There are two sides to every case. The person who brings the action is the “plaintiff.” If you work for his or her attorney, you are a plaintiff’s witness. The other party in the suit is the “defendant.” If you work for his or her attorney, you are a defendant’s witness. In your forensic practice, you will almost exclusively be involved with civil cases (noncriminal matters).

There are two types of witnesses: a “fact witness” and an “expert witness.” A fact witness can only tell what he or she observed, not what others have said (hearsay) and not his or her opinion concerning the case. You, as a forensic engineer, will be an expert witness (a technical witness) and as such, you are allowed to express your opinions on matters within your expertise.

The attorney who hires you may represent either the plaintiff or the defendant, or their insurance companies. When you work directly for an attorney, your work is protected from discovery (detection), by the opposition because it is “attorney work product.” Avoid working directly for the parties of the suit because your work is not similarly protected.

Your “scope of services” in your forensic fee agreement is important for similar reasons. “Consultant and (if designated) as expert” allows your attorney-client to deny that you were dismissed as an expert witness, if he or she doesn’t like your opinion as a consultant.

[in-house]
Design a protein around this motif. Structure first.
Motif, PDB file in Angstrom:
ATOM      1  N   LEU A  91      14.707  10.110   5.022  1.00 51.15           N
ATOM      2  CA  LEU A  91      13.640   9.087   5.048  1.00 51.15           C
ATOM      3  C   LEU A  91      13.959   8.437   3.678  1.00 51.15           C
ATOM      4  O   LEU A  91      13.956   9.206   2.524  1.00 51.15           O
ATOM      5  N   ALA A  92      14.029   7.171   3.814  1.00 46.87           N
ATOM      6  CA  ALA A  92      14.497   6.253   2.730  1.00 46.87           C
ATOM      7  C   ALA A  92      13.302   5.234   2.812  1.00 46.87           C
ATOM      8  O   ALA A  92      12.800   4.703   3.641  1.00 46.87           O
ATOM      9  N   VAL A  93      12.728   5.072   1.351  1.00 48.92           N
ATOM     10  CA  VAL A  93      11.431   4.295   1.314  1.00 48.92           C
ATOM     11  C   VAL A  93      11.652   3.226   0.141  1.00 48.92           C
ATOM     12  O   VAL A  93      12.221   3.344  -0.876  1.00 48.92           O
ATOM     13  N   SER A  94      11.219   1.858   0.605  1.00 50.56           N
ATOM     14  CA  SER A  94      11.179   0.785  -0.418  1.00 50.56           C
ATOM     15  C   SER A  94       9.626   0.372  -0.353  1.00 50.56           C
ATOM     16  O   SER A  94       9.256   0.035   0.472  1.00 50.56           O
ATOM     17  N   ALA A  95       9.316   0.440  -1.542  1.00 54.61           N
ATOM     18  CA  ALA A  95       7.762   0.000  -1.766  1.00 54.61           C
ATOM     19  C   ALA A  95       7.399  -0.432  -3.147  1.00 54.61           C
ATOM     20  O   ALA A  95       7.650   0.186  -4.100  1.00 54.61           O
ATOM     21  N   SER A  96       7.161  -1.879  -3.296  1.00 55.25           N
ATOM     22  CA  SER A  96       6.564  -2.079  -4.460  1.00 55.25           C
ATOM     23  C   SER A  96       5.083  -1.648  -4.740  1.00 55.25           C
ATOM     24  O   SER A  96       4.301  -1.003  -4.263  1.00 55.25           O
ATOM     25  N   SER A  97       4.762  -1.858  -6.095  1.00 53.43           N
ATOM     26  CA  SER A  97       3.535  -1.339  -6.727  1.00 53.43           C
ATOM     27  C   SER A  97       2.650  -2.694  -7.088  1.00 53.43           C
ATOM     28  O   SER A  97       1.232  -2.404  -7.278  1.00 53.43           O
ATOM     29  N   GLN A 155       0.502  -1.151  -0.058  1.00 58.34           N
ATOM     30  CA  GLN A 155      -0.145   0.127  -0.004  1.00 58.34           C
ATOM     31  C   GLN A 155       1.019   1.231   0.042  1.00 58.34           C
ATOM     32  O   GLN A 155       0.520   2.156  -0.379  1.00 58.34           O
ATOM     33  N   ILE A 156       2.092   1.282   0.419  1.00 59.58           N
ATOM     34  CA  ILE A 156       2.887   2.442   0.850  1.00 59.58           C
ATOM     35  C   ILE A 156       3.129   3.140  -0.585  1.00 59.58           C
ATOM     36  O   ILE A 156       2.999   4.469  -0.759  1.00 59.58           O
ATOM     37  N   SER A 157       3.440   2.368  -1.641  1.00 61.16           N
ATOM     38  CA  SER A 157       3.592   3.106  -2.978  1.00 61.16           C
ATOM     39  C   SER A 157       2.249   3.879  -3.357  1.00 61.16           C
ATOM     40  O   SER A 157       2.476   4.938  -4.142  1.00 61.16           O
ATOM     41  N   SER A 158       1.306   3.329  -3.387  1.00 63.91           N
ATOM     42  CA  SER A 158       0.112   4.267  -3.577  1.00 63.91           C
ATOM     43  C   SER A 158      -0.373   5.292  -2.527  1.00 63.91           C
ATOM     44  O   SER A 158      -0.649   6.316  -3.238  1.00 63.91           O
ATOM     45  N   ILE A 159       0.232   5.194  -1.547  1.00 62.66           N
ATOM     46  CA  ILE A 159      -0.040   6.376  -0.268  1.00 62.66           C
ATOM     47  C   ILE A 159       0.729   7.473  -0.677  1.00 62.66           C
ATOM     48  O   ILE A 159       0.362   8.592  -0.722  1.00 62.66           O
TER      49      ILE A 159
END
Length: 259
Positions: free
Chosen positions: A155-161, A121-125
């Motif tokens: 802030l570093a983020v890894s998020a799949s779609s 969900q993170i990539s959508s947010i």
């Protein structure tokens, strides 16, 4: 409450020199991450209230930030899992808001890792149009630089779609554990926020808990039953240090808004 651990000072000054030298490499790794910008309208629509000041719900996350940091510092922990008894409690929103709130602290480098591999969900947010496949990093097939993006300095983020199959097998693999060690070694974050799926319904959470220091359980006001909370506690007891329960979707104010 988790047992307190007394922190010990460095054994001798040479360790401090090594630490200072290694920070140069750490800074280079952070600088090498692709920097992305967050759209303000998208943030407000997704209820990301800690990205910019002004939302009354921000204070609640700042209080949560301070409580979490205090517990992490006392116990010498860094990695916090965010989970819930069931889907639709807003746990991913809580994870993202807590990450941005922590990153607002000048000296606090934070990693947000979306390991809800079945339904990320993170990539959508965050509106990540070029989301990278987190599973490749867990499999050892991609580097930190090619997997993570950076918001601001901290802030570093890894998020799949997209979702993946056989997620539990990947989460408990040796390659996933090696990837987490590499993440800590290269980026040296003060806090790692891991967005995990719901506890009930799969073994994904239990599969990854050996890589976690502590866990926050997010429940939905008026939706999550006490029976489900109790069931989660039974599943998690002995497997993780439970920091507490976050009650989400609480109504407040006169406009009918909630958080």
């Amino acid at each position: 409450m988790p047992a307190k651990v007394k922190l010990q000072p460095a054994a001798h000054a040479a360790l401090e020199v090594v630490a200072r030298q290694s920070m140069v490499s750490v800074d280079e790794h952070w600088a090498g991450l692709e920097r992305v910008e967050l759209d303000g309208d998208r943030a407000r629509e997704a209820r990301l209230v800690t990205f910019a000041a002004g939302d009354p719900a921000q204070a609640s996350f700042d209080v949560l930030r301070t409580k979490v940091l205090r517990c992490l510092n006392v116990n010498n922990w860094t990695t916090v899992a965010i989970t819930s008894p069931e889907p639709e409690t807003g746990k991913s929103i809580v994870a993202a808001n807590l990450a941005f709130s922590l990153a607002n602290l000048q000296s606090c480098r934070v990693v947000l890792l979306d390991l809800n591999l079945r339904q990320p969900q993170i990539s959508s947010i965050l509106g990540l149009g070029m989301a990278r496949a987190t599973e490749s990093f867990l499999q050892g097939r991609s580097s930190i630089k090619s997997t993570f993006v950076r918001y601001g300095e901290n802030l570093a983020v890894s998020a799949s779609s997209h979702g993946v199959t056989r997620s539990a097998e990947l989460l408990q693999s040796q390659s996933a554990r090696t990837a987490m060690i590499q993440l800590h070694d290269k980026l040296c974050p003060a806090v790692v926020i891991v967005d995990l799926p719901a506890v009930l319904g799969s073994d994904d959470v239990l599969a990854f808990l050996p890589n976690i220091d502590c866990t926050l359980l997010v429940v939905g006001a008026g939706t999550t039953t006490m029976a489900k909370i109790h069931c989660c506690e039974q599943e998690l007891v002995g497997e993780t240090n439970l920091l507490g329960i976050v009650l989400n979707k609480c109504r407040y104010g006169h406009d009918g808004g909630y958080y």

Above all, you must be truthful at all times. Forensic engineers must be supportive of there opinion without arguing for your attorney-client. Your opinion will not always coincide with that of your attorney-client. His or her job is to advocate for the client. Your job is to form an accurate and scientifically consistent opinion and to convey that to your attorney-client. If your attorney-client doesn’t agree with your theory of the case, he or she can get another expert. In addition he or she benefit from your contrary opinion because your findings will point out the weaknesses in their case and may prompt a settlement.

Litigation consulting is interesting, challenging, and profitable. If what is involved interests you, I recommend adding “Forensic Engineering” to your practice as a consulting engineer. Get Jack’s new book: The “Complete Guide” to FORENSIC ENGINEERING to learn the details. Also, the largest chapter in his book: The “Complete Guide” to CONSULTING ENGINEERING covers the “highlights of Forensic Engineering. Visit TheEngineersResource.com to find out more.

Learn how to be a forensic engineer. Find out how to be a forensic expert witness. Discover how to be an engineering expert witness. Find out how forensic engineers obtain training. Learn how to obtain training as an engineering expert witness.

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WHAT IT TAKES TO BE A FORENSIC ENGINEER

WHAT IT TAKES TO BE A FORENSIC ENGINEER

Forensic engineering is defined by the National Academy of Forensic Engineers (NAFE) as “the application of the art and science of engineering in matters which are in, or may possibly relate to, the jurisprudence system, inclusive of alternative dispute resolution.” These engineers serve as consultants to the legal profession and as expert witnesses in courts of law.

Benefits

  • Interesting work
  • Low liability
  • High hourly rates
  • Advanced payment via retainer
  • Little competition

Drawbacks

  • Can be stressful
  • Sometimes requires travel